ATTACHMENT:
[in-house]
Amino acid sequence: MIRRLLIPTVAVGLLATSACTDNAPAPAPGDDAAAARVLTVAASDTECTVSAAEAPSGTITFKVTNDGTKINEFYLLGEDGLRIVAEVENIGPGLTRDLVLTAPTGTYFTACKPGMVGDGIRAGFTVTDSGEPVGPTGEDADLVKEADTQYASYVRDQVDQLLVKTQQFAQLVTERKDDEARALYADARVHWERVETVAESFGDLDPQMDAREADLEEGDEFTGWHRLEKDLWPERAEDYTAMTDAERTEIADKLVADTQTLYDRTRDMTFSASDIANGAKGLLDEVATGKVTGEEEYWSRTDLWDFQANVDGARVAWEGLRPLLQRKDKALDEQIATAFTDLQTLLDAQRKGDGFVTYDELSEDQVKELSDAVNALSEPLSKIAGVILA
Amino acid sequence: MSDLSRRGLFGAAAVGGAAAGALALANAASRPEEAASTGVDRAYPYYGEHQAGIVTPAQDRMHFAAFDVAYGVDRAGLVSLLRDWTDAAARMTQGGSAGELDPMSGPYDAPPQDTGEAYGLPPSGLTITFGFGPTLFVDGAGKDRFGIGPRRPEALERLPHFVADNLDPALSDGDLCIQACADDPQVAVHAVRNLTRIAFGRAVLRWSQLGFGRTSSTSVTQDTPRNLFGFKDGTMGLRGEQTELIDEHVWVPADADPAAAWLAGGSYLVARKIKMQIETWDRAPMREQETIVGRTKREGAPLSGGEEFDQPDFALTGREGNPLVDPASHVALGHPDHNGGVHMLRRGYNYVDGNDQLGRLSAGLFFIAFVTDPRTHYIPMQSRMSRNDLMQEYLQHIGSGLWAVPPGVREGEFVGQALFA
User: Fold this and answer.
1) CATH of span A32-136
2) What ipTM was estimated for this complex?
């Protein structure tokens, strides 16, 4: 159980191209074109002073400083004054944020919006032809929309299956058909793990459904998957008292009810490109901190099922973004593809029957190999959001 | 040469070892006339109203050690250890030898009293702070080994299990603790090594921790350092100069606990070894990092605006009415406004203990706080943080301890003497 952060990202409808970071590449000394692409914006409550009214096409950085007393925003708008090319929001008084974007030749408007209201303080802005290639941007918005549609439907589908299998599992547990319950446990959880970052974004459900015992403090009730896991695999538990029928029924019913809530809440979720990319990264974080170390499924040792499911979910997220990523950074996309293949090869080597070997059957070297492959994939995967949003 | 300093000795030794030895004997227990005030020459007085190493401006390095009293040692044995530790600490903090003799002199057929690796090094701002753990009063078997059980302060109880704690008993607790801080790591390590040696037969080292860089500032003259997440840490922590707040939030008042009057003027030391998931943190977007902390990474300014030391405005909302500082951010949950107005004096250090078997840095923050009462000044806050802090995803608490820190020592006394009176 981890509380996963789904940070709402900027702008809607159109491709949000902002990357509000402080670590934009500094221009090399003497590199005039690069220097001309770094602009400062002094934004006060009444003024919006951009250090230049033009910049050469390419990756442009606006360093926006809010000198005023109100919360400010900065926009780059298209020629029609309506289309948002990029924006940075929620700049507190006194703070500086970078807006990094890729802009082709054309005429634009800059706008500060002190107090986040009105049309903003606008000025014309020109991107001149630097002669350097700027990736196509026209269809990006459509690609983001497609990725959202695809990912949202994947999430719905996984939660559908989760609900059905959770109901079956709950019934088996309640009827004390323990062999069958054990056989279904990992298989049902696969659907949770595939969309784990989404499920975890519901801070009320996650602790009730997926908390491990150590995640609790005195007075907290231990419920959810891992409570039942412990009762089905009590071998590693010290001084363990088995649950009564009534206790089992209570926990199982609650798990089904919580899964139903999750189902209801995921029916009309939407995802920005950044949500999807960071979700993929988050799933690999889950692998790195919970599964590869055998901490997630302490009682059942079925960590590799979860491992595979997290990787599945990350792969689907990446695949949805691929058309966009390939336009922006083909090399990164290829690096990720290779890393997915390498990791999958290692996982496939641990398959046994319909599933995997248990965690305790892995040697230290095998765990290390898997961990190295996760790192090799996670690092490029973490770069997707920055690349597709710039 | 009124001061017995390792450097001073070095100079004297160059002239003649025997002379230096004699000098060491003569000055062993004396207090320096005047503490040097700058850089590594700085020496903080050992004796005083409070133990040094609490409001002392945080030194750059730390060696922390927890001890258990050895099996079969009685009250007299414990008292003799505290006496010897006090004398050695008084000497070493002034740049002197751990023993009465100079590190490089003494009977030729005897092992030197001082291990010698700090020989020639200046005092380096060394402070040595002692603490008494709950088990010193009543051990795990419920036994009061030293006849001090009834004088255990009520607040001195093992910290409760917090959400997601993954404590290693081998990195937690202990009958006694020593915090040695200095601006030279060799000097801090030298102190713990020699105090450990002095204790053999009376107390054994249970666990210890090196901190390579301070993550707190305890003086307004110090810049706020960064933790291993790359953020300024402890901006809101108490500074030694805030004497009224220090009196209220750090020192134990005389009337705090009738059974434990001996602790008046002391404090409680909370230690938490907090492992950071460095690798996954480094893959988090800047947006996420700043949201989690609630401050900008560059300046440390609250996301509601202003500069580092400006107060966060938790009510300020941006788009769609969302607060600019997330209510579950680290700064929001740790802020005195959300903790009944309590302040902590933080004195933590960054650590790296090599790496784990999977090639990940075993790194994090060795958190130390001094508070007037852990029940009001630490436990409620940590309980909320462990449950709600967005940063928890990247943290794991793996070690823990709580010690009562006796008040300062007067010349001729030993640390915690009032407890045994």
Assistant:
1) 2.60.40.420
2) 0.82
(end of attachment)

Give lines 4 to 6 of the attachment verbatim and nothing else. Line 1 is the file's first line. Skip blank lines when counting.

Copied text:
User: Fold this and answer.
1) CATH of span A32-136
2) What ipTM was estimated for this complex?